Predominantly plate glass in timber sash and case windows. Coped gablehead stacks; yellow clay cans. Ashlar-coped skews. Graded grey slate. Cast-iron rainwater goods.
BOUNDARY WALLS, GATES, GATEPIERS, GARDEN WALL: coped random rubble boundary walls. Sandstone gatepiers with wrought-iron gates to main entrance and field entrances from garden. High flat-coped random rubble garden wall with gateway adjoining W wing.
An excellent example of this type of 2-storey, 3-bay farmhouse. It has a number of similarities with The Hill, both in the way the building has developed, and in a number of its details. The main house is either contemporary with, or possibly slightly earlier than the barn dated 1827. The Doric doorpiece is unusually ornate for this type of house, although it is almost identical to the one at The Hill. The survival of the original 12-pane sash and case windows on the main house is also quite rare for farms in the parish: only Craignaught and North Borland (which is much later) retain their original glazing.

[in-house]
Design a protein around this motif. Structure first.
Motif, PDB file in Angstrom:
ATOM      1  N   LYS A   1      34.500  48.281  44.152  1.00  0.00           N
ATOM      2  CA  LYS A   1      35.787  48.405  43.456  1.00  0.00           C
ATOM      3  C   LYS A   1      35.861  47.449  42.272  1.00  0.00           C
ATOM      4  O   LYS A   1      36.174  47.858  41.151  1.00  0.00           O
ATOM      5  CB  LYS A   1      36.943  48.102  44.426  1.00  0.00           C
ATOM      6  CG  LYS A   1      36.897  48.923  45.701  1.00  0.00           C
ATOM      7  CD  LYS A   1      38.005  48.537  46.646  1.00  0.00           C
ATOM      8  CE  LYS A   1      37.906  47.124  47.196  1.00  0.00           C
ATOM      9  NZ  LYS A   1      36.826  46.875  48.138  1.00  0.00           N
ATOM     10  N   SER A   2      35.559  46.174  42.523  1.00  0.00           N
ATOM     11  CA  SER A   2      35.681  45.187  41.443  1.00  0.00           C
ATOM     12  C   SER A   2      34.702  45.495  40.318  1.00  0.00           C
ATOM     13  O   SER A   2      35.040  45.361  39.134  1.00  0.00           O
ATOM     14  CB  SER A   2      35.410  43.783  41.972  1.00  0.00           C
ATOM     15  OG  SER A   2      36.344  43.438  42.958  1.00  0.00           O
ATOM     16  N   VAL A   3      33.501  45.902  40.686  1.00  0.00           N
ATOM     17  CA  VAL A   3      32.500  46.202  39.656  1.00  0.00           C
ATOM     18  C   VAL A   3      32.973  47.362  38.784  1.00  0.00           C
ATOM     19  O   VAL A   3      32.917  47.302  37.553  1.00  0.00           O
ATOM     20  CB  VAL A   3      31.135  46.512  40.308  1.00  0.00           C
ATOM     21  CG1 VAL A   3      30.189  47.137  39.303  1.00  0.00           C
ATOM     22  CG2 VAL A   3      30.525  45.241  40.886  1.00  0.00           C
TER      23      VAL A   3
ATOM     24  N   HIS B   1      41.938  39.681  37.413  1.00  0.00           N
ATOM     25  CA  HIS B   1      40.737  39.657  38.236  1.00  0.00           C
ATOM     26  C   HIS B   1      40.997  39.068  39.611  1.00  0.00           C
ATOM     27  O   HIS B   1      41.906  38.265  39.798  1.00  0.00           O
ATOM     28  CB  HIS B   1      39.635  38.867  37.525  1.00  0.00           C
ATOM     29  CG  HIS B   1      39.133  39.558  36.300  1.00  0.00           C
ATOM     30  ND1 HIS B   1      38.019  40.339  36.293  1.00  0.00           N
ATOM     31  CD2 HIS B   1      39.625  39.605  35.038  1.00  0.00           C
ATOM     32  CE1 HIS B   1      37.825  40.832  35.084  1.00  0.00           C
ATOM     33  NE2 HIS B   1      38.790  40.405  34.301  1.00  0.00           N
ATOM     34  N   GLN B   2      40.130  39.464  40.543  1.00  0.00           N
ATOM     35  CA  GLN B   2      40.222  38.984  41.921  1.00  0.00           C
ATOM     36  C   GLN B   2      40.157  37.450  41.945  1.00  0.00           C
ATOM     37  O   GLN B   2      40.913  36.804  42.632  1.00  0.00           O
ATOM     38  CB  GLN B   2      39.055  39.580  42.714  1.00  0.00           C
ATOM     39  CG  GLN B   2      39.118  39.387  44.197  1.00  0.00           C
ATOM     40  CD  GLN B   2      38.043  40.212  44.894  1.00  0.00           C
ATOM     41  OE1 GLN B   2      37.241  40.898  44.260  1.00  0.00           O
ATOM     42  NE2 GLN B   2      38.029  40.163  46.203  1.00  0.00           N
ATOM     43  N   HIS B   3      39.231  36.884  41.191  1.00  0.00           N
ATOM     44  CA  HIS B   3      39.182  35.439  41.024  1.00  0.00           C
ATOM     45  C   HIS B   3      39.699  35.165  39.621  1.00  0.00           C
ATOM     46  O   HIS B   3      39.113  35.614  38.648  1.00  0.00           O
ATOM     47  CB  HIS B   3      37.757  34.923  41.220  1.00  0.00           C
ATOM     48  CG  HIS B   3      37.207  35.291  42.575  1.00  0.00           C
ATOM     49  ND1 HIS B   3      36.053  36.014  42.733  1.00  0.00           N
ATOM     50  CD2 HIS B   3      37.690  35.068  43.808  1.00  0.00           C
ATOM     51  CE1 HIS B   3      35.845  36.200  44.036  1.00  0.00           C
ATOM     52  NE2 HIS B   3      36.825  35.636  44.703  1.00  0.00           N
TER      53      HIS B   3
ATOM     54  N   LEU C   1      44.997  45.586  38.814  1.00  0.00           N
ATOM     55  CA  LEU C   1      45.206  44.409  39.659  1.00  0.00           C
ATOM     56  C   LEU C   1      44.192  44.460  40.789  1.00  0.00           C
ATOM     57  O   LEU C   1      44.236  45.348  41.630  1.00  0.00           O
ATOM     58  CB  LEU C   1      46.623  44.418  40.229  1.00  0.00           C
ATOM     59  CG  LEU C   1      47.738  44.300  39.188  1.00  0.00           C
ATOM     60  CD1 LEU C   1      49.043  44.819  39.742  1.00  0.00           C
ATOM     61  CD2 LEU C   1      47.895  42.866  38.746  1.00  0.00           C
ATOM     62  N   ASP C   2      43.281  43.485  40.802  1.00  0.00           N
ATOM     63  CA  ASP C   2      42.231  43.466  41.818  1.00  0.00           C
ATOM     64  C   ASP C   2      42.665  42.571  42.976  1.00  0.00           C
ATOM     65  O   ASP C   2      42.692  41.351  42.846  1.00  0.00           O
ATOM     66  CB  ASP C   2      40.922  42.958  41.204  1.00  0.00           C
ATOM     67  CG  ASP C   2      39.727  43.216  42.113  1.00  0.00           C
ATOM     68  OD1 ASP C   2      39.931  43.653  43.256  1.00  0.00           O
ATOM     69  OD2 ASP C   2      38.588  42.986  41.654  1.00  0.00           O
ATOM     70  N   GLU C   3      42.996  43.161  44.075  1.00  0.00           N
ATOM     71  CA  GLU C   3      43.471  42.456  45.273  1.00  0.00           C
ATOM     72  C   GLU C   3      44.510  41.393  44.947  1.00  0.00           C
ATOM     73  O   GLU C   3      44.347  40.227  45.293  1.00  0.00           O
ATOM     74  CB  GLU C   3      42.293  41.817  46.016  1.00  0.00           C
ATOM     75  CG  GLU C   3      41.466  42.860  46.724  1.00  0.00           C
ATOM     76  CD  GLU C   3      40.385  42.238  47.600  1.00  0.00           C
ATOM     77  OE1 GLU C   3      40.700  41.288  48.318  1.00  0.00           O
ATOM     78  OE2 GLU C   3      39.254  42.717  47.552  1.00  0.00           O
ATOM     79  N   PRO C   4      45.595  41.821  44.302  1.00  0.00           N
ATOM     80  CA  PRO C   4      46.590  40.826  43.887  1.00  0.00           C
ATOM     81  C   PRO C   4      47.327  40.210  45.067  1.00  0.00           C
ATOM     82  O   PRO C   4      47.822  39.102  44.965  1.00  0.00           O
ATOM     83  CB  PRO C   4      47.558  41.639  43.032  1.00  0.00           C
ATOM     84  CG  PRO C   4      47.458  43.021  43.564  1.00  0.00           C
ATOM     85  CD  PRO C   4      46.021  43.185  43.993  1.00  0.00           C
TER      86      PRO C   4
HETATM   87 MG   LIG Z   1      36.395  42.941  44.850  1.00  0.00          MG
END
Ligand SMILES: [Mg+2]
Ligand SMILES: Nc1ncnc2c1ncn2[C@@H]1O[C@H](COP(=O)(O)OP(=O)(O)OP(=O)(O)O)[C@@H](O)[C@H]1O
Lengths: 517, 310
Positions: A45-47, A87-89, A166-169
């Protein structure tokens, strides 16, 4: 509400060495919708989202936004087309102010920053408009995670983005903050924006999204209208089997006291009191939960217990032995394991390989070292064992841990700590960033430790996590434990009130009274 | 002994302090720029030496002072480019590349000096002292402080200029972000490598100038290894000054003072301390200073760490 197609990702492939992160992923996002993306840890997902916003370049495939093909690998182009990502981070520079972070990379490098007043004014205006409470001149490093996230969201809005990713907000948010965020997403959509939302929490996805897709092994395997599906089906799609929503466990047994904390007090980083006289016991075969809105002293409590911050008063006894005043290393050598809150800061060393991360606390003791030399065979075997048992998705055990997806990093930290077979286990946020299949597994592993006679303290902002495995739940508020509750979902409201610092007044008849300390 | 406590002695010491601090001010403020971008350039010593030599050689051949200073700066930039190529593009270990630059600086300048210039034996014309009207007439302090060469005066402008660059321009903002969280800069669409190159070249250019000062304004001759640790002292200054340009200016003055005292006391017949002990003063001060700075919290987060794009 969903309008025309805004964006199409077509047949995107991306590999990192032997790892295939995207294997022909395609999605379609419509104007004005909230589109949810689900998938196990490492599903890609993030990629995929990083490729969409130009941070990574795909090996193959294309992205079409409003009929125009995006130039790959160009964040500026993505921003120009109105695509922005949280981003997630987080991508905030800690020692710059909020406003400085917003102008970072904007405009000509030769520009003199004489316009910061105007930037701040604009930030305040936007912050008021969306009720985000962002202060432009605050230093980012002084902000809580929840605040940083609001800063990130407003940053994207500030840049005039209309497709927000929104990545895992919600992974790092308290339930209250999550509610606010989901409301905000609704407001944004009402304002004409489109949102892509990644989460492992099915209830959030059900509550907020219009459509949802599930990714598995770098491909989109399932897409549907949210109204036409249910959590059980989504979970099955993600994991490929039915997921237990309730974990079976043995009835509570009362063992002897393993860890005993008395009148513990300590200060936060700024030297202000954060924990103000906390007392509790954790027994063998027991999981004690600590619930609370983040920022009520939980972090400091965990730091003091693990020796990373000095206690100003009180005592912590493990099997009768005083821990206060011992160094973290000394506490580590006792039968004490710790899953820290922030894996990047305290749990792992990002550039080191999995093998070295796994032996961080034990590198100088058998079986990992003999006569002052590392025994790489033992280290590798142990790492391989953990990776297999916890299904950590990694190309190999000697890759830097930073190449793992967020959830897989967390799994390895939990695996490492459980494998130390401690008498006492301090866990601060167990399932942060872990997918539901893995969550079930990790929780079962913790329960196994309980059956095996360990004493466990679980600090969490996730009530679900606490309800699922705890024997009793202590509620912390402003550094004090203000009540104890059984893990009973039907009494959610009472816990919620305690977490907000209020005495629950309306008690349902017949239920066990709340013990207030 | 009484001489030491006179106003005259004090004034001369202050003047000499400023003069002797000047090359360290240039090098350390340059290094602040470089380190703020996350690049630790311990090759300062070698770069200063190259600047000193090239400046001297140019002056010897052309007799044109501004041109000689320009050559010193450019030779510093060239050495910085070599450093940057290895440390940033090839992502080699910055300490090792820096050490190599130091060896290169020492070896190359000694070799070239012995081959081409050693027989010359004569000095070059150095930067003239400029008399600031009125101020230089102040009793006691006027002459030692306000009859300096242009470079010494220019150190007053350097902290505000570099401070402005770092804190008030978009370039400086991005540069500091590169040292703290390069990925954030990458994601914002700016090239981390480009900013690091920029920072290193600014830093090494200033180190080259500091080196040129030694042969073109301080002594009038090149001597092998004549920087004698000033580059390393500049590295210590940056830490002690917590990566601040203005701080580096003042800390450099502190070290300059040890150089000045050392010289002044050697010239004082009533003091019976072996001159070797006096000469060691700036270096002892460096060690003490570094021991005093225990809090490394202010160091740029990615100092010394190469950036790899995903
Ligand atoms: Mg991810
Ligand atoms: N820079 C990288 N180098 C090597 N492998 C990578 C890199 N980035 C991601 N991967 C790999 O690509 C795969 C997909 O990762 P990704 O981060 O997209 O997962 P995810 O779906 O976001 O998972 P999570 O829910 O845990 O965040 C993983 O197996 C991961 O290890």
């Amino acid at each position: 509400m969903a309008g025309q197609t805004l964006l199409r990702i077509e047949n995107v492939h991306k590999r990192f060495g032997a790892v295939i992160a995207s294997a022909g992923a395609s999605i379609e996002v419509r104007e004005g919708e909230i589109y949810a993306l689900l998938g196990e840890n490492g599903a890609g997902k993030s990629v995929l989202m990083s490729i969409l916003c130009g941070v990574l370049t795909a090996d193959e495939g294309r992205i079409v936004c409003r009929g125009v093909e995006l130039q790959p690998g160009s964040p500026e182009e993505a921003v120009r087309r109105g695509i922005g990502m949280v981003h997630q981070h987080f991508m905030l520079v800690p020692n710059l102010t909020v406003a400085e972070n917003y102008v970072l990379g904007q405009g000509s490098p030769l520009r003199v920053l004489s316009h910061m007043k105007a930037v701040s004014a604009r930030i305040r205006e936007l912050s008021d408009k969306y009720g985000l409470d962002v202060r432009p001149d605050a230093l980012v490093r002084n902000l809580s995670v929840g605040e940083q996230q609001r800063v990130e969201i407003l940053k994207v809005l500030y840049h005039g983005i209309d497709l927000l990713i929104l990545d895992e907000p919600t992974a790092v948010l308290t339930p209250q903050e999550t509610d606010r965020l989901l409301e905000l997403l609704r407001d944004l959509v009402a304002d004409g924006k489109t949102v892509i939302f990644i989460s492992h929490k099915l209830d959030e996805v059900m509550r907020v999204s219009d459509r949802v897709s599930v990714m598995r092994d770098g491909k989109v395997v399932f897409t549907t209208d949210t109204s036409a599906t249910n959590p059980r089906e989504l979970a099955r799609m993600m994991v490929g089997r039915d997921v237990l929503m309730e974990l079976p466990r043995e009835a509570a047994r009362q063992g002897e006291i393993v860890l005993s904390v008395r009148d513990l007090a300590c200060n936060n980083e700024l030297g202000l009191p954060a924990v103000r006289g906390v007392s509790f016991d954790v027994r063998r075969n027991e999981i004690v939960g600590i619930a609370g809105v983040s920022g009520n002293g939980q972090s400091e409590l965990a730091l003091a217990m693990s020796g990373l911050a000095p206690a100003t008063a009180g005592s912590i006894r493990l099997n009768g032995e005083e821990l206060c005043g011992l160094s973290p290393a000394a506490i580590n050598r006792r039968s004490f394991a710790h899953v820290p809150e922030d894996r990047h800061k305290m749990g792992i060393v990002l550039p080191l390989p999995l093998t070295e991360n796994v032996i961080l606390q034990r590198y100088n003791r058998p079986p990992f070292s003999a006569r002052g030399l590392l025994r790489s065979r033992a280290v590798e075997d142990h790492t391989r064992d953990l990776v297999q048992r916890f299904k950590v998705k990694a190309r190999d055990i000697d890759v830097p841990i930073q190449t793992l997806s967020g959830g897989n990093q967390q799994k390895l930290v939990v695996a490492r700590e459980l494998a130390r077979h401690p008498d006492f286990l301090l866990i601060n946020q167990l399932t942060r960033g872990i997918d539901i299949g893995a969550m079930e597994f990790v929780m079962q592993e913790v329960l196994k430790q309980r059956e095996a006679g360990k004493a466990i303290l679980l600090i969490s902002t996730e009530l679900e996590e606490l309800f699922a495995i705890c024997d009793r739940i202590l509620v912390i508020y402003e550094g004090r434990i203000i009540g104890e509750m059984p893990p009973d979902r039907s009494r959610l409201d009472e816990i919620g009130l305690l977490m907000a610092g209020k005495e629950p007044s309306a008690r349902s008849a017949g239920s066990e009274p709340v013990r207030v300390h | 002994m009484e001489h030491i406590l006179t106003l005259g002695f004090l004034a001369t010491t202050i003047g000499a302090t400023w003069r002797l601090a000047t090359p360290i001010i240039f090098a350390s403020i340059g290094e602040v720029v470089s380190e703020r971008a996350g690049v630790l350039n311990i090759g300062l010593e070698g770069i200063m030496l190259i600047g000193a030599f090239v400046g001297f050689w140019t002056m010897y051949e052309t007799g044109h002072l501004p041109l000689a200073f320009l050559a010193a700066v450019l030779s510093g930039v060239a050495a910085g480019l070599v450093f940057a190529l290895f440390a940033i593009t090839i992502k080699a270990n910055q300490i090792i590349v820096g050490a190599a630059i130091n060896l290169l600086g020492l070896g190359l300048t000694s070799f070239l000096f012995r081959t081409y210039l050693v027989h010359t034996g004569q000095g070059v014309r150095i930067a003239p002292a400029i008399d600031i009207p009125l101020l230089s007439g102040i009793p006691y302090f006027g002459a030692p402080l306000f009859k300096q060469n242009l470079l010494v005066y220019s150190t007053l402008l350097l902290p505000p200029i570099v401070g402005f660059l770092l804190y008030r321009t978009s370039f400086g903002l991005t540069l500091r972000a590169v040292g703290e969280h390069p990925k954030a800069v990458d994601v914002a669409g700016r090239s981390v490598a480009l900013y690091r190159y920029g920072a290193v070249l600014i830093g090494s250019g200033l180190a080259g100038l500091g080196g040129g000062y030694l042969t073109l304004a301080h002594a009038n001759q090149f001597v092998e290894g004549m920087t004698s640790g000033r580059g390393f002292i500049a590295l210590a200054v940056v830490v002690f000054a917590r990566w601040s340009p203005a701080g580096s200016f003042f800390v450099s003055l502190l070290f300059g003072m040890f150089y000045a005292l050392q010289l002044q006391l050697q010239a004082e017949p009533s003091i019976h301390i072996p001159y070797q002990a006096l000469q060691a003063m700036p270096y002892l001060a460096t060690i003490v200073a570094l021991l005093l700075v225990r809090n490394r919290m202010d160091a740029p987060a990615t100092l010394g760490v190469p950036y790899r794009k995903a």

As at The Hill, the main house replaces an earlier longhouse, which now forms the East wing. The doorpiece on its North gable is particularly fine, and the fan-shaped keystone is very similar to that over the partially obscured door on the W elevation of The Hill. The opening at the top of that gable was probably once to a pigeon loft. The E wing has now been modernised, but photographs shown before the conversion show that it contained a dairy and/or living quarters at the S end, and a cow byre at the N end. It seems odd that such an ornate doorway should lead in to the cow byre, but this appears to have been the case. There was a similar arrangement at The Hill ' for further details see the List Description for The Hill.